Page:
The best resource to learn how to treat small painful knots is The Trigger Point Therapy Workbook. The authors explain trigger points and their effects in everyday language, not medical speak. I recommend this book to anyone interested in learning to treat their own muscle pain.
If you are buying the Trigger Point Workbook to self-treat the deltoid you will need a hardball for treatment. The Kieba Massage Lacrosse Balls are a good choice to use on many muscles throughout the body.
How Long Before I Feel A Reduction In Pain?
Deltoid trigger points are easily treated and a reduction in pain is quickly noticed. It is very important to be consistent with your treatment. TrPs respond best to several treatments of 1-2 minutes per trigger point spread throughout the day. It is also important to continue treatment until the TrP is deactivated and no longer felt when palpated and not producing any pain or symptoms.
- Pain around the shoulder area caused by trigger points in the deltoid muscle will subside when resting. If the pain in the deltoid area is continuous even at rest, chances are the source of the pain is being caused by other muscles in the neck, shoulder, upper back, and/or chest.
- If you have been diagnosed with bursitis of the shoulder and treatment is not reducing pain it could be trigger points in the deltoid muscle.
Deltoid pain and symptoms can be similar to, contribute to, and be affected by these medical diagnoses:
- Rotator cuff injury
- Bicipital tendinitis
- Subdeltoid bursitis
- Glenohumeral joint arthritis
- Glenohumeral separation
- Impingement syndrome
- Shoulder pointer
- C5 C6 radiculopathy
Other muscles that should be considered and examined:
Satellite trigger points associated with the deltoid muscle:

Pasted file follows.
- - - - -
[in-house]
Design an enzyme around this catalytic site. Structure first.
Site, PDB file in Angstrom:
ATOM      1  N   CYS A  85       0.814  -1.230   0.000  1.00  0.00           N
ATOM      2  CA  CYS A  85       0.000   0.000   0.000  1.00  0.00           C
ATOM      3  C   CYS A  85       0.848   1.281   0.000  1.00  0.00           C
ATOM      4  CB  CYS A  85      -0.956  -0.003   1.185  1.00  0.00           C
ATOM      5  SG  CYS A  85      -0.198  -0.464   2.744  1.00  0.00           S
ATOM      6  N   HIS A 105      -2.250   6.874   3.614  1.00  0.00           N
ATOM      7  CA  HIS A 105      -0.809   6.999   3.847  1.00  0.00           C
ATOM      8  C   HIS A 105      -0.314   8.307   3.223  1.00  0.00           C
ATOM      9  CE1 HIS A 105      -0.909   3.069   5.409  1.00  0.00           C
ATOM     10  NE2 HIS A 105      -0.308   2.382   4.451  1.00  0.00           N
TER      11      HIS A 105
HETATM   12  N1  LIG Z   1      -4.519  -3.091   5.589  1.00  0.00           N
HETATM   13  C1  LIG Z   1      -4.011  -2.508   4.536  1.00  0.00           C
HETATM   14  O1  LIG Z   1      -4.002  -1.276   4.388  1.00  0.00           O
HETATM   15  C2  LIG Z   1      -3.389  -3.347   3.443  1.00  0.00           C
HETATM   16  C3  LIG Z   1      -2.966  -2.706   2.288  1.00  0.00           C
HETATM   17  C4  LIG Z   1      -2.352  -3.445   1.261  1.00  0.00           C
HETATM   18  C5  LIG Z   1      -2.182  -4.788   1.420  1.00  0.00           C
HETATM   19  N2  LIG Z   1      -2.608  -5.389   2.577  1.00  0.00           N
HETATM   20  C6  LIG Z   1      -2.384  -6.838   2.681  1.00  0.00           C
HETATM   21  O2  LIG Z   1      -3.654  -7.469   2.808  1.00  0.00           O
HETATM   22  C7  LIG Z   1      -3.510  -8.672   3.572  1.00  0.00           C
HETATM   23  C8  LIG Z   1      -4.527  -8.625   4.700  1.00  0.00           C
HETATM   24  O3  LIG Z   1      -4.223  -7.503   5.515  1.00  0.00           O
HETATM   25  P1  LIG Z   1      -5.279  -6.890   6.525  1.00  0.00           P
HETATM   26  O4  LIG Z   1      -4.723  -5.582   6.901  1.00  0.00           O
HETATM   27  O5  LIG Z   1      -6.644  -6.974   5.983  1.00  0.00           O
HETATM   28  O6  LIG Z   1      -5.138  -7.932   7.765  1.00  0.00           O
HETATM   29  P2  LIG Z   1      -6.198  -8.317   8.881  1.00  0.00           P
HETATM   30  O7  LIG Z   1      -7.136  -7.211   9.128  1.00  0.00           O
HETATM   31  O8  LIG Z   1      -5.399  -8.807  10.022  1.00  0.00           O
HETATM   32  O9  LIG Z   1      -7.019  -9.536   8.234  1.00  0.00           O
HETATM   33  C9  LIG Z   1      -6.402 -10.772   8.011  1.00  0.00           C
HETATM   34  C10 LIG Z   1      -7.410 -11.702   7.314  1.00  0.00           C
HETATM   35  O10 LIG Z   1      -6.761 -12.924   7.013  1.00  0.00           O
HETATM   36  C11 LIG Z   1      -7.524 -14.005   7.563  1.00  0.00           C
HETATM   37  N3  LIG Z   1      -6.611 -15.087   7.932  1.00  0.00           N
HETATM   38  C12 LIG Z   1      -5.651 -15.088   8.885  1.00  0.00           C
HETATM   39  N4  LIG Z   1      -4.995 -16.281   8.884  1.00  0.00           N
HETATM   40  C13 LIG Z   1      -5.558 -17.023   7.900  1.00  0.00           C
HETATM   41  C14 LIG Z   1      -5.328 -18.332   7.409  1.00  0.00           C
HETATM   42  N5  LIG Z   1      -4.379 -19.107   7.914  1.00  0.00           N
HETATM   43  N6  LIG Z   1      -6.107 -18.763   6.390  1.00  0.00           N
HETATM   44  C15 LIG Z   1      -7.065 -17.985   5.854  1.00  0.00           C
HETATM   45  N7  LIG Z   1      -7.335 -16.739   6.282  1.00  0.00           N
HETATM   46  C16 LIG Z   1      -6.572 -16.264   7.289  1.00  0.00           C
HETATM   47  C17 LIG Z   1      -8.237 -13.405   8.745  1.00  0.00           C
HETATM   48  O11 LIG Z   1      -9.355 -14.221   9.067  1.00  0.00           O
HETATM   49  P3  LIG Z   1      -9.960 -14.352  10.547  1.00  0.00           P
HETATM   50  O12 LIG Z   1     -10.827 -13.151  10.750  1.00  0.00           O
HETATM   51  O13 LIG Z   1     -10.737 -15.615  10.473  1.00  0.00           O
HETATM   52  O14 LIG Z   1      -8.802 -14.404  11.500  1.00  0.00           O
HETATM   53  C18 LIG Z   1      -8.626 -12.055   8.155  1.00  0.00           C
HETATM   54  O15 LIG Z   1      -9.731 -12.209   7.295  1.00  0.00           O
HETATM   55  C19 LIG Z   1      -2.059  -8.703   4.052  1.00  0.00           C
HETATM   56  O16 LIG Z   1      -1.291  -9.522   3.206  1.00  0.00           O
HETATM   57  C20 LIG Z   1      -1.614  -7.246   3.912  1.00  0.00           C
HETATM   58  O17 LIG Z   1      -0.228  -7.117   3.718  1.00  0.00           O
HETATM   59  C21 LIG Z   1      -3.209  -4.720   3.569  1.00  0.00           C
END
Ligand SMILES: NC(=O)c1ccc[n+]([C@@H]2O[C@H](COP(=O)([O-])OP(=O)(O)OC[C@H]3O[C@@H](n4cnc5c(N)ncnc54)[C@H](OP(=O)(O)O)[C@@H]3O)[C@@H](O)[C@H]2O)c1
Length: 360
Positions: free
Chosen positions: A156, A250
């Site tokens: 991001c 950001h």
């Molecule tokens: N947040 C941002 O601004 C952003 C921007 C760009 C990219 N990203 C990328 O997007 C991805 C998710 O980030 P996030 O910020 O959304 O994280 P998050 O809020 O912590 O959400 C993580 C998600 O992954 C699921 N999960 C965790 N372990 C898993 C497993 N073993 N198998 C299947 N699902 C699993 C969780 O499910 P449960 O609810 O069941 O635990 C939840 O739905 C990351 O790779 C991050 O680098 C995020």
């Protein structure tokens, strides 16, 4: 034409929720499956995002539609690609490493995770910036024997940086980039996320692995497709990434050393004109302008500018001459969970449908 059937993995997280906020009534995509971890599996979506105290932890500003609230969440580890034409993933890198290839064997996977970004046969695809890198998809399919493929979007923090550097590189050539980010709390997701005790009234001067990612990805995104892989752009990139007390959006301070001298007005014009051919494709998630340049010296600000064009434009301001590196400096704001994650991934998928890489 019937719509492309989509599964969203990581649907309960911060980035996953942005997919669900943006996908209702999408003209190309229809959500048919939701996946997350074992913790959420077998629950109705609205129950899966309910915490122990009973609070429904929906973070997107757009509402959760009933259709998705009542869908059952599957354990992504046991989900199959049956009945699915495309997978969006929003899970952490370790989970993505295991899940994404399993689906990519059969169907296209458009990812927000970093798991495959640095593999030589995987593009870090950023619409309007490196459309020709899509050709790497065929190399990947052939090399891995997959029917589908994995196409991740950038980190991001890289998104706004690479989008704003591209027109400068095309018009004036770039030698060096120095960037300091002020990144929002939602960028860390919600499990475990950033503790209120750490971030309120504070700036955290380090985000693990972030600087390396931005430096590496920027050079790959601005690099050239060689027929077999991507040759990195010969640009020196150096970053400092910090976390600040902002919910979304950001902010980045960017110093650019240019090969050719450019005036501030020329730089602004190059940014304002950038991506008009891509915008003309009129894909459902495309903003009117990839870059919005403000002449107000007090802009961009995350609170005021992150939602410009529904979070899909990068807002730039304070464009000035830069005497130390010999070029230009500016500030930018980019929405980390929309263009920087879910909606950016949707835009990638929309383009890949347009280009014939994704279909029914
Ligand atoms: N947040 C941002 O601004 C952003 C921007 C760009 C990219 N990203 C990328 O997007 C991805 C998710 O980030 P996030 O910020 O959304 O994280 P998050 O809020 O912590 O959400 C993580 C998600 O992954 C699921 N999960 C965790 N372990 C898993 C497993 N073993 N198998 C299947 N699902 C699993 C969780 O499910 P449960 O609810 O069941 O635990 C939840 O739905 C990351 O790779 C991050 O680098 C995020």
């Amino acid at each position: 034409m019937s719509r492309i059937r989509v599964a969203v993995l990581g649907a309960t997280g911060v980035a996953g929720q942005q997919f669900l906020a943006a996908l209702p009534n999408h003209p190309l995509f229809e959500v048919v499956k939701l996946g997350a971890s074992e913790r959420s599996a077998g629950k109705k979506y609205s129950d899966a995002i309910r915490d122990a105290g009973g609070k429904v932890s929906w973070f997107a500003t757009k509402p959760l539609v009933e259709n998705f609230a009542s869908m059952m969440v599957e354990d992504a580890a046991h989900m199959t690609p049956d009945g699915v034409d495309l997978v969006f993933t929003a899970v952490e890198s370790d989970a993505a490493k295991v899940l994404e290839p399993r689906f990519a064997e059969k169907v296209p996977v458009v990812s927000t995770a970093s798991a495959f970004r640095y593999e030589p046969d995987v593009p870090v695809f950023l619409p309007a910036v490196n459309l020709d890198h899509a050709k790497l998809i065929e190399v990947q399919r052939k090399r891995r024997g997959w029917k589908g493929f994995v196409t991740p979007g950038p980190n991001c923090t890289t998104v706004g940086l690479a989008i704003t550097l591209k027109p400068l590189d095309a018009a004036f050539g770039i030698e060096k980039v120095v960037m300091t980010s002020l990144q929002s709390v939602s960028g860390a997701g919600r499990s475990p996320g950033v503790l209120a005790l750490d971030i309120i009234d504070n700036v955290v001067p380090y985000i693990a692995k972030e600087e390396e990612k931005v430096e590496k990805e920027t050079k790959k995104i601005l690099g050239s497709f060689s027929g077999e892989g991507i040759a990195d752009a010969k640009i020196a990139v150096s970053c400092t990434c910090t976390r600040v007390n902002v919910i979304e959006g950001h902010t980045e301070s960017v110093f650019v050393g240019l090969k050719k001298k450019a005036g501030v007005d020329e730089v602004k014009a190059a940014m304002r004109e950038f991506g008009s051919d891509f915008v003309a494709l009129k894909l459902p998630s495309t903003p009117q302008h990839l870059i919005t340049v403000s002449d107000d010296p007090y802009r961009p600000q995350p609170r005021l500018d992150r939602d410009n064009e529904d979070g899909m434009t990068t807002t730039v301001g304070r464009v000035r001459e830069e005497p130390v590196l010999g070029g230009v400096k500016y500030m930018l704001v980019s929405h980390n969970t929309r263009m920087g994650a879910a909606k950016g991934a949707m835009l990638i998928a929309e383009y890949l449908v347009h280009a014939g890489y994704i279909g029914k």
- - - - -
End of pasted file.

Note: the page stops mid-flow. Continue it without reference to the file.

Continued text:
Trigger points in the deltoid muscle will cause TrPs to develop in other muscles. These are known as satellite trigger points. Many of these muscles will contribute to the development of TrPs in the deltoids. Checking these muscles should be part of your treatment plan.
- Pectoralis major
- Pectoralis minor
- Biceps brachii
- Triceps brachii
- Latissimus dorsi
- Teres major
Relax While Easing Your Pain and Stiffness
The Snailax Vibrating Massage Mat With Heat is made for those times. The mat features a full-body vibrating massage and has multiple settings for massage and heat. The remote allows you to adjust settings with a push of a button. A wonderful way to ease aches and pains in the back, hips, and legs at the end of the day! 69 inches (5' 9") long.
More TWD Recommendations for Deltoid Pain
Pro-Ice Shoulder and Elbow Cold Therapy Wrap is great for shoulder injuries and pain involving the deltoids. The wrap not only provides cold therapy for the shoulder but it also extends down the arm providing relief for upper arm and elbow pain. This should be in the freezer of every ballplayer for quick treatment of overuse injuries and preventative maintenance.
Twelve years of experience working with clients with chronic pain, post injury pain, and post surgery pain. Muscle dysfunction is often overlooked but can hold the key to many pain conditions.